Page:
Depending on which poll you believe Republican Scott Brown is ahead by anywhere for 3-15 percentage points heading into the last two days of campaigning before election day. However no matter which poll one looks at, Scott Brown is moving up and Martha Coakley is moving down.

During the past week Coakley had to pull two TV ads, one because she spelled the name of her own state Massachusetts incorrectly, in the other she insensitively used a picture of the twin towers as a background in an attack ad. But today was a “twofer.” Two of the Democratic Candidate’s Campaign Pamphlets drew lawsuits. One by United Parcel Service (UPS), the other by Scott Brown.

Shipping giant UPS isn’t amused by a Democratic Party campaign pamphlet attacking Republican Senate candidate Scott Brown that plays off the company’s slogan “What can Brown do for you?”

Atlanta-based United Parcel Service, known for its ubiquitous brown trucks, demanded yesterday that the Massachusetts Democratic Party, which is listed as paying for the pamphlet, stop distributing it.

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The mailer asks “What can Brown do to you?” It shows Scott Brown dressed up as a UPS driver and says, “He can reward corporations that ship your job overseas just like George W. Bush.”

It’s unclear how many of the mailers had gone out.

“Our legal team sent the Massachusetts Democratic Party an e-mail today,” company spokeswoman Susan Rosenberg said yesterday. “As part of ongoing UPS brand protection, we asked that no further copies be distributed.”

As of late yesterday, Rosenberg said UPS had not received a response. The Massachusetts Democratic Party did not respond to a message left at its headquarters in Boston by the Herald.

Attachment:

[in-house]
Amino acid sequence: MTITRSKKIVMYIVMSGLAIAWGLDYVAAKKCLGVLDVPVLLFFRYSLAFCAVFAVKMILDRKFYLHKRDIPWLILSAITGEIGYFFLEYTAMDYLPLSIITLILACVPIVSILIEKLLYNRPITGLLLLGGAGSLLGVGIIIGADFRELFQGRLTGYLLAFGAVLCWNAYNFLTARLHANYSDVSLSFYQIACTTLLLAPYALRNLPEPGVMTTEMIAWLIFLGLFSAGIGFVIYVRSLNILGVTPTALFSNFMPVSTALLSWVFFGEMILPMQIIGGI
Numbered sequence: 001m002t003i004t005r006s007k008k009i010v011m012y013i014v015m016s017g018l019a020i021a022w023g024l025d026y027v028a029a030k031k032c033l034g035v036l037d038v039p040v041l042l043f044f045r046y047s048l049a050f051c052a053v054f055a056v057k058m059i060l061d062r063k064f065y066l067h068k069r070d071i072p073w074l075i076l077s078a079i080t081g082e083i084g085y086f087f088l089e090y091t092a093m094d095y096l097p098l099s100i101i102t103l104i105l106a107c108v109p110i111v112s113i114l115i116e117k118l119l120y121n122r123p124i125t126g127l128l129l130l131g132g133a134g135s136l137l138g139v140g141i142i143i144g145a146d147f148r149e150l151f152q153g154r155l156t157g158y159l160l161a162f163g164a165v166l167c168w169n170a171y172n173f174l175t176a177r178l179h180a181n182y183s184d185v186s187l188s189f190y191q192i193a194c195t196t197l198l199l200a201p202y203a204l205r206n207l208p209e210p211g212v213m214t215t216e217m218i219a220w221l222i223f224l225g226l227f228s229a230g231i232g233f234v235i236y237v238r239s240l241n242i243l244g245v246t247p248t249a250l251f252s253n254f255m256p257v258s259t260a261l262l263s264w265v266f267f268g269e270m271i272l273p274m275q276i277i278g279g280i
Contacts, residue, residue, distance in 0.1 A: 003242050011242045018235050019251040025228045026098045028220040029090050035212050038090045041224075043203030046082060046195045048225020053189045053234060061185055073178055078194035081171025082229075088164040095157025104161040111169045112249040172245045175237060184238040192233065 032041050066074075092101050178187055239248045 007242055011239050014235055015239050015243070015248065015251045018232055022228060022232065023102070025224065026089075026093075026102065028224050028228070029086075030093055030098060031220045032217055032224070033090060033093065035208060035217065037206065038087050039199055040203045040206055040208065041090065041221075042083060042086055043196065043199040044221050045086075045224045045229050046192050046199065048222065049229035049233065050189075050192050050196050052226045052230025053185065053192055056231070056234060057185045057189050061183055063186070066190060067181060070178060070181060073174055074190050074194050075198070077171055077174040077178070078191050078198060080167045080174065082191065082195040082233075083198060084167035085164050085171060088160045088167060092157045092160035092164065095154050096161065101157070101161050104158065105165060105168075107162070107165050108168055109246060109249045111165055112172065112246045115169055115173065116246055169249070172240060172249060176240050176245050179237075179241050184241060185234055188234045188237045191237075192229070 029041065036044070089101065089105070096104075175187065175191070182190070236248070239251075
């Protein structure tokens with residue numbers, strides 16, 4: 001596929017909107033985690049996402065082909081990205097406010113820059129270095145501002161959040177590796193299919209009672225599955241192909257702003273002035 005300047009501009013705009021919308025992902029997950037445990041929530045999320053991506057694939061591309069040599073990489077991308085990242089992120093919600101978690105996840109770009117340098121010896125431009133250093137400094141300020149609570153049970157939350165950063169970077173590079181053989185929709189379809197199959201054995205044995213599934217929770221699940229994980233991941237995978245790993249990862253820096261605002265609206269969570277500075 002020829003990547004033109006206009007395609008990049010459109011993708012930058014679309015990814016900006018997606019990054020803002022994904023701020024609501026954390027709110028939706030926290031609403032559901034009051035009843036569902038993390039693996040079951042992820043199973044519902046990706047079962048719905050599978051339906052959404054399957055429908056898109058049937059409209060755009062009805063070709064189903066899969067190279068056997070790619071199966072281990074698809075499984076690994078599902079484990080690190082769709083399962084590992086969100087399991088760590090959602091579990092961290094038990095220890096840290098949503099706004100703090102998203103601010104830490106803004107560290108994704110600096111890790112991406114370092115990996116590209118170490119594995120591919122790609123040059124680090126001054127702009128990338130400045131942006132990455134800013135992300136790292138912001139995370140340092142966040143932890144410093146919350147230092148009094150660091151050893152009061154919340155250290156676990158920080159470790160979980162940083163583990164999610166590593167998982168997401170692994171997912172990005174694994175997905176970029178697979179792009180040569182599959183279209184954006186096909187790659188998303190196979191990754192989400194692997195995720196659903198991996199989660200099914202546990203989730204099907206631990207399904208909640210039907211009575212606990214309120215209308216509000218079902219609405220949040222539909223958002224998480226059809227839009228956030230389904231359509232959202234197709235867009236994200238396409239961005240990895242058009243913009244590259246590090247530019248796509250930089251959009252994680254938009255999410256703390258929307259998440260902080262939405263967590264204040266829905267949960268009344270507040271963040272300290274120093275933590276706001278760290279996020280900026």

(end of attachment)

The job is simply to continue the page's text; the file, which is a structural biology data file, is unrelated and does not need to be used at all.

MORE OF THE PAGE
As Attorney General for the Bay State, Coakely should have known better, her ad team should have known better also.

Also today, Republican Scott Brown announced that he is taking the unusual step of filing criminal complaint against Massachusetts Democratic Party over a different Coakley flier. Brown says the flier violates a Massachusetts law prohibiting false statements against a political candidate.

The cover of a four-page mailer sent by the Massachusetts Democratic Party says, “1,736 women were raped in Massachusetts in 2008. Scott Brown wants hospitals to turn them all away.”

Brown is a state senator, and in 2005 he filed an amendment that would have allowed workers at religious hospitals or with firmly held religious beliefs to avoid giving emergency contraception to rape victims. The amendment failed, and Brown voted in favor of a bill allowing the contraception. He also voted to override a veto issued by his fellow Republican, then-Gov. Mitt Romney.

A section of the Massachusetts General Laws prohibits false statements against political candidates that are designed or tend “to aid or to injure or defeat such candidate,” with a penalty of to $1,000 fine and up to six months in prison.

Brown campaign legal counsel Daniel Winslow said, “People can shade things and spin things, but it has to have some kernel of truth.”

Winslow called on the Democratic Party and the Coakley campaign to disavow the mailer’s claim. The Brown campaign plans to wait until Tuesday, the next business day, before seeking a legal remedy, he said.

Coakley’s campaign has become the gang that can’t shoot straight. Her lack of attention to details, bad judgment, and aversion to meeting the “people” and hearing their issues, may make her the perfect Democrat but it doesn’t make her a good Senator. Here’s hoping the the Bay State’s voters understand that.